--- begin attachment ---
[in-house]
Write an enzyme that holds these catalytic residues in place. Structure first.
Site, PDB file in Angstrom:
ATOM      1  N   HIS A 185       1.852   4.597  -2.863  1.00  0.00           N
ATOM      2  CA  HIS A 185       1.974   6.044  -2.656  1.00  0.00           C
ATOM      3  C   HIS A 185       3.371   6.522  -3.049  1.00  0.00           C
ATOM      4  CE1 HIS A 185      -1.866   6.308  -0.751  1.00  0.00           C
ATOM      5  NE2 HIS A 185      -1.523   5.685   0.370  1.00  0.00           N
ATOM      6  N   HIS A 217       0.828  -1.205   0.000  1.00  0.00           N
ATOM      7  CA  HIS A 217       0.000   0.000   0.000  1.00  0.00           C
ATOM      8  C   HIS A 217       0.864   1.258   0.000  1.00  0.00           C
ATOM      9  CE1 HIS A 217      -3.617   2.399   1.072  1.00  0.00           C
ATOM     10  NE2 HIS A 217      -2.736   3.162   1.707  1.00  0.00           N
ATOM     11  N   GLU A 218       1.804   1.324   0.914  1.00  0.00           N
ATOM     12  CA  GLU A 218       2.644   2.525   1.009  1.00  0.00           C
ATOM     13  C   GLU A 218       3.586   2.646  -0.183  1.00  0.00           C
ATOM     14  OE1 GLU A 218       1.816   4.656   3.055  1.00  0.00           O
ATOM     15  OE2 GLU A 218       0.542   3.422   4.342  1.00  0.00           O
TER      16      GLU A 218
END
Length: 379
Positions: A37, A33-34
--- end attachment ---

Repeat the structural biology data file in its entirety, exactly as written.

[in-house]
Write an enzyme that holds these catalytic residues in place. Structure first.
Site, PDB file in Angstrom:
ATOM      1  N   HIS A 185       1.852   4.597  -2.863  1.00  0.00           N
ATOM      2  CA  HIS A 185       1.974   6.044  -2.656  1.00  0.00           C
ATOM      3  C   HIS A 185       3.371   6.522  -3.049  1.00  0.00           C
ATOM      4  CE1 HIS A 185      -1.866   6.308  -0.751  1.00  0.00           C
ATOM      5  NE2 HIS A 185      -1.523   5.685   0.370  1.00  0.00           N
ATOM      6  N   HIS A 217       0.828  -1.205   0.000  1.00  0.00           N
ATOM      7  CA  HIS A 217       0.000   0.000   0.000  1.00  0.00           C
ATOM      8  C   HIS A 217       0.864   1.258   0.000  1.00  0.00           C
ATOM      9  CE1 HIS A 217      -3.617   2.399   1.072  1.00  0.00           C
ATOM     10  NE2 HIS A 217      -2.736   3.162   1.707  1.00  0.00           N
ATOM     11  N   GLU A 218       1.804   1.324   0.914  1.00  0.00           N
ATOM     12  CA  GLU A 218       2.644   2.525   1.009  1.00  0.00           C
ATOM     13  C   GLU A 218       3.586   2.646  -0.183  1.00  0.00           C
ATOM     14  OE1 GLU A 218       1.816   4.656   3.055  1.00  0.00           O
ATOM     15  OE2 GLU A 218       0.542   3.422   4.342  1.00  0.00           O
TER      16      GLU A 218
END
Length: 379
Positions: A37, A33-34